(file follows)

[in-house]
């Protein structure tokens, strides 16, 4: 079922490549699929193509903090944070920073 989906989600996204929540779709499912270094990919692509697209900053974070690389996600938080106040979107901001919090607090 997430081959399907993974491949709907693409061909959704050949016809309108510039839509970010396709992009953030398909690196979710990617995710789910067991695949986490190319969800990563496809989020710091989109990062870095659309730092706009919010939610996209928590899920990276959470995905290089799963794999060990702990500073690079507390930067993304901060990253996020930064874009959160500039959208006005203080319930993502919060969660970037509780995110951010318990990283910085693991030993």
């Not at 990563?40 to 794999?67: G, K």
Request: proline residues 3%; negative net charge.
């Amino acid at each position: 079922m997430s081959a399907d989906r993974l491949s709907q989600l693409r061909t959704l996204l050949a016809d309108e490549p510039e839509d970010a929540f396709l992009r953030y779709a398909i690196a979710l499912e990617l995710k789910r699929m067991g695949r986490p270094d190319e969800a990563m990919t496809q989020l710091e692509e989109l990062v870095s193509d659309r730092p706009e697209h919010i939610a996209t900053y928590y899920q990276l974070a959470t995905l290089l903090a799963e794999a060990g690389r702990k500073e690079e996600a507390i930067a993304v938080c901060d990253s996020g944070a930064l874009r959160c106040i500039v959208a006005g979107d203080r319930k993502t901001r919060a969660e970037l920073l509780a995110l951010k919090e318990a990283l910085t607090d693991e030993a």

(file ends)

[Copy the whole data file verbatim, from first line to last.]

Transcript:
[in-house]
């Protein structure tokens, strides 16, 4: 079922490549699929193509903090944070920073 989906989600996204929540779709499912270094990919692509697209900053974070690389996600938080106040979107901001919090607090 997430081959399907993974491949709907693409061909959704050949016809309108510039839509970010396709992009953030398909690196979710990617995710789910067991695949986490190319969800990563496809989020710091989109990062870095659309730092706009919010939610996209928590899920990276959470995905290089799963794999060990702990500073690079507390930067993304901060990253996020930064874009959160500039959208006005203080319930993502919060969660970037509780995110951010318990990283910085693991030993």
């Not at 990563?40 to 794999?67: G, K």
Request: proline residues 3%; negative net charge.
């Amino acid at each position: 079922m997430s081959a399907d989906r993974l491949s709907q989600l693409r061909t959704l996204l050949a016809d309108e490549p510039e839509d970010a929540f396709l992009r953030y779709a398909i690196a979710l499912e990617l995710k789910r699929m067991g695949r986490p270094d190319e969800a990563m990919t496809q989020l710091e692509e989109l990062v870095s193509d659309r730092p706009e697209h919010i939610a996209t900053y928590y899920q990276l974070a959470t995905l290089l903090a799963e794999a060990g690389r702990k500073e690079e996600a507390i930067a993304v938080c901060d990253s996020g944070a930064l874009r959160c106040i500039v959208a006005g979107d203080r319930k993502t901001r919060a969660e970037l920073l509780a995110l951010k919090e318990a990283l910085t607090d693991e030993a």